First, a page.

The Question Box
Q. Psa.149.9 “To execute upon them the judgment written: this honour have all his saints”.
A. No. The setting of the Psalm shows that the reference is to the coming Age. This psalm was of course first written for and applied to Israel. Now Israel expected that when the Last Day had come and the Messiah appear in the glory of the Kingdom they, His people, would be called to execute His judgment upon the wicked—which to the average Israelite meant the Gentile nations. Their expectation was right in principle, but their knowledge of the detail of the Divine Plan was deficient. When the Millennial Kingdom is fully set up there will be a heavenly people, the Church, associated with the King for the purposes of judgment, as well as the earthly people, Israel, in the Holy Land, even although that earthly people does also have a share in the privilege of doing God’s work in that Age. It is correct therefore to apply this Psalm to the Church as well as to Israel, but the time of its fulfilment is in the future just the same—in the Millennial Age.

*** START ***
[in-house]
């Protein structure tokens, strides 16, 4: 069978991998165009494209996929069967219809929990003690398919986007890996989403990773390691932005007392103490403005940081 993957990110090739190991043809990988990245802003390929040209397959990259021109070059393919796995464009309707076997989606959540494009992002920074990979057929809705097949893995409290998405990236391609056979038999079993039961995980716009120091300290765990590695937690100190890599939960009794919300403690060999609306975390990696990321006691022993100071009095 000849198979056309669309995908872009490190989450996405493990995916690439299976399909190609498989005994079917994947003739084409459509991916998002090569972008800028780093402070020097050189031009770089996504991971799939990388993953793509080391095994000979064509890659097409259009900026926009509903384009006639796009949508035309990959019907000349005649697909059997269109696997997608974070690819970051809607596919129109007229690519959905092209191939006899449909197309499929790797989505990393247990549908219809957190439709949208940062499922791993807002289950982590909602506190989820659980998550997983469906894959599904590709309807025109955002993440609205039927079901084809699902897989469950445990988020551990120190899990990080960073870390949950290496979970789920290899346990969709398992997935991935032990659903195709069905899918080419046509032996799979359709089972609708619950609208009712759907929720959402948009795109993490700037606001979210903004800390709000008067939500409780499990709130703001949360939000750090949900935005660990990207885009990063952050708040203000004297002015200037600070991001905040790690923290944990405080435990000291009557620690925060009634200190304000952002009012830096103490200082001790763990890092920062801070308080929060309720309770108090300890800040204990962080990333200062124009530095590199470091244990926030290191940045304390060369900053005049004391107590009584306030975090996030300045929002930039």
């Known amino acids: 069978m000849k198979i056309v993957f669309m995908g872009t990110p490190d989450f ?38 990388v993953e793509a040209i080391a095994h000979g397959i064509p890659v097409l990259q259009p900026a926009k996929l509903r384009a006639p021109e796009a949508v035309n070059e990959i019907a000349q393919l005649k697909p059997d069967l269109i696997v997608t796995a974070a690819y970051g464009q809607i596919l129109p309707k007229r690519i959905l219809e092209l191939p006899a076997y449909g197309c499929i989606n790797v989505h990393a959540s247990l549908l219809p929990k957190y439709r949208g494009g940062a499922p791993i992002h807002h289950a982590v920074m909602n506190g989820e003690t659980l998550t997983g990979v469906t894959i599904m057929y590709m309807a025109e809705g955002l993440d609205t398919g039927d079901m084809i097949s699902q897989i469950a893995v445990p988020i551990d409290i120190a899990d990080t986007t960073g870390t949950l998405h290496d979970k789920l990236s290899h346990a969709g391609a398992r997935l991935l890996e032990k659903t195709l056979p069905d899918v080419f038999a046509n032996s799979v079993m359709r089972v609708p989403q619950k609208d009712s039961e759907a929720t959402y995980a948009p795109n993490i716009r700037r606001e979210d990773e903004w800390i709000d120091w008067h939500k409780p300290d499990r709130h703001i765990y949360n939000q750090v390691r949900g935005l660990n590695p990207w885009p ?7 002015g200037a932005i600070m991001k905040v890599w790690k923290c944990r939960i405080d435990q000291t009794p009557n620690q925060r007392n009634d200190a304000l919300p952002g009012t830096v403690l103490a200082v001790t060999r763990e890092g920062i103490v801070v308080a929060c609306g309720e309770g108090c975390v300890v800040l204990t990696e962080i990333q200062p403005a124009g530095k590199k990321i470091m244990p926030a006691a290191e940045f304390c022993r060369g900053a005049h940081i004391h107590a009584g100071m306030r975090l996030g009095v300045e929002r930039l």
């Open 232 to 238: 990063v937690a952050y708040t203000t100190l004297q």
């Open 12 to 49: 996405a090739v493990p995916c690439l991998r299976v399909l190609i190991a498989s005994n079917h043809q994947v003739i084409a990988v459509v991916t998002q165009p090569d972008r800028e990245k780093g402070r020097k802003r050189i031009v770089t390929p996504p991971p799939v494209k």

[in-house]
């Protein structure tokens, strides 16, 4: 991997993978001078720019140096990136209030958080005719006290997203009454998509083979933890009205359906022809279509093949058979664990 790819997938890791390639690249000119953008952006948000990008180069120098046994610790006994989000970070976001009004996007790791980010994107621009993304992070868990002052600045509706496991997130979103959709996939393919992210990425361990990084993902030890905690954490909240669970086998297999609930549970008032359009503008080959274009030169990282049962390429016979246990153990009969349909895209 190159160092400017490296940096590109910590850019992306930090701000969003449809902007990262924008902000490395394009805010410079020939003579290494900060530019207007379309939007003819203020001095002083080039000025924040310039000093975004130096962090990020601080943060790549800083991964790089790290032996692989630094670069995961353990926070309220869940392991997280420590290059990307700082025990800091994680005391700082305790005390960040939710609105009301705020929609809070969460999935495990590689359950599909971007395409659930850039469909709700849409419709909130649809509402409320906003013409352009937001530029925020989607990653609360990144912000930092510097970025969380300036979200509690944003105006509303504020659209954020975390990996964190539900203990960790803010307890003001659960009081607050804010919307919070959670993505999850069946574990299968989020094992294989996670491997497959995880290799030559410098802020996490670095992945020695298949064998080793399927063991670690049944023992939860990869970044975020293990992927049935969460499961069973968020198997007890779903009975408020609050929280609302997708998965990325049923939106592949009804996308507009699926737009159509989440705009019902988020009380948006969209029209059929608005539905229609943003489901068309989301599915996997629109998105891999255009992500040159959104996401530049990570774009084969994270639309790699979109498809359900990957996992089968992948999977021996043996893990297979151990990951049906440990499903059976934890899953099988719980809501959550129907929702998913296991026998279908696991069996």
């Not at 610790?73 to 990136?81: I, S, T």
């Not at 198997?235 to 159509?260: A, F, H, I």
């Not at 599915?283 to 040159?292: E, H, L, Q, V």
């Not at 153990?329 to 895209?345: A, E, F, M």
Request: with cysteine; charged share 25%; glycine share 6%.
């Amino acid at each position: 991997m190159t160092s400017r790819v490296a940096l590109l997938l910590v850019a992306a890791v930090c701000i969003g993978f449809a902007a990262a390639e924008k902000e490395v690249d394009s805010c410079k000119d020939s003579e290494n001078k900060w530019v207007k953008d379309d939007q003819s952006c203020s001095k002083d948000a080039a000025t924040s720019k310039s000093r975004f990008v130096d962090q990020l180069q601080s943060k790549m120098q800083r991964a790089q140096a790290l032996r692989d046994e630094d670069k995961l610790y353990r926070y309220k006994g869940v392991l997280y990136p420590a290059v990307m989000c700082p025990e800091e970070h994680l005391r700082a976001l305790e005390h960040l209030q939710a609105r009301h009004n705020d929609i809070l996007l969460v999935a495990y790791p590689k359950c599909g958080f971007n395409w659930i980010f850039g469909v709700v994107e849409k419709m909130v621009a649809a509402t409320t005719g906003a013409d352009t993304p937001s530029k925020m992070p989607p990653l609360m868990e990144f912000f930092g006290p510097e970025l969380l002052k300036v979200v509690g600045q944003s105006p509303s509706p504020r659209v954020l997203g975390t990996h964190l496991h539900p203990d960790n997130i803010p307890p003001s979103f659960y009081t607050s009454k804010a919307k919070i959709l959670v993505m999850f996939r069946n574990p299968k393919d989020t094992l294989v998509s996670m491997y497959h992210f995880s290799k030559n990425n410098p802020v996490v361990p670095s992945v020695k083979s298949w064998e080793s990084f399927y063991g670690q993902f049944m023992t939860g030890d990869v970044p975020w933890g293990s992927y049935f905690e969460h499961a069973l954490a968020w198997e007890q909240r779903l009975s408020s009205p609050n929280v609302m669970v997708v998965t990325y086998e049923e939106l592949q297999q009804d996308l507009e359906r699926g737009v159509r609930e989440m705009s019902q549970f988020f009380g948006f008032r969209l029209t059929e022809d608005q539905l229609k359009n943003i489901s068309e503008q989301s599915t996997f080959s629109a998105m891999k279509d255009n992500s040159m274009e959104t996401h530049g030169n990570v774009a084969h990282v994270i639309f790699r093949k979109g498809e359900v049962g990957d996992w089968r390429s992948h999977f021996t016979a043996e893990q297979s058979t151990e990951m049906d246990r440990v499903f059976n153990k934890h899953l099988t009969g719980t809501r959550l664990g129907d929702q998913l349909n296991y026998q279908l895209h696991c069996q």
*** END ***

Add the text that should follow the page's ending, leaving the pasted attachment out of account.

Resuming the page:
The Psalm itself indicates this. First, the faithful are exhorted to sing unto the Lord a new song, to praise His name in the dance, to sing praises with “the timbrel and harp”. This is a theme of joy and triumph, therefore, not of grief and humiliation. “Let the saints be joyful in glory” says verse 5. It cannot be insisted too much or too often that the saints are not in power or glory now; glory is reserved for the future. “Let them sing aloud upon their beds”. This is an allusion to the time of rest from labour and entrance into eternal habitations. (“They shall rest in their beds”, i.e., in death—see Isa.57.2. See also Psa.132.13-14 where the Lord is said to “rest for ever” in His habitation of Zion.)
Verses 6-9, referring to the two-edged sword, and the executing of vengeance upon the nations, binding their kings with chains and executing upon them the judgment written, refers to the judgment work of the Millennial Age, the work of destroying all evil institutions and things that afflict mankind. It is a work that belongs to the period of the Church in power and that time is not yet. The application of the text to the present leads back to the old erroneous doctrine of the reign of the Church in the present Age, and such an application should be studiously avoided. For the Church is not reigning now.
Bible Study Monthly October 1948
Editorial note: Although this was written in 1948 it is as relevant as ever. Defining the period to which the scripture is writing is vital as well as exactly who comes under judgement at the present time. In so doing it would prevent harsh predictions being applied which do not yet apply.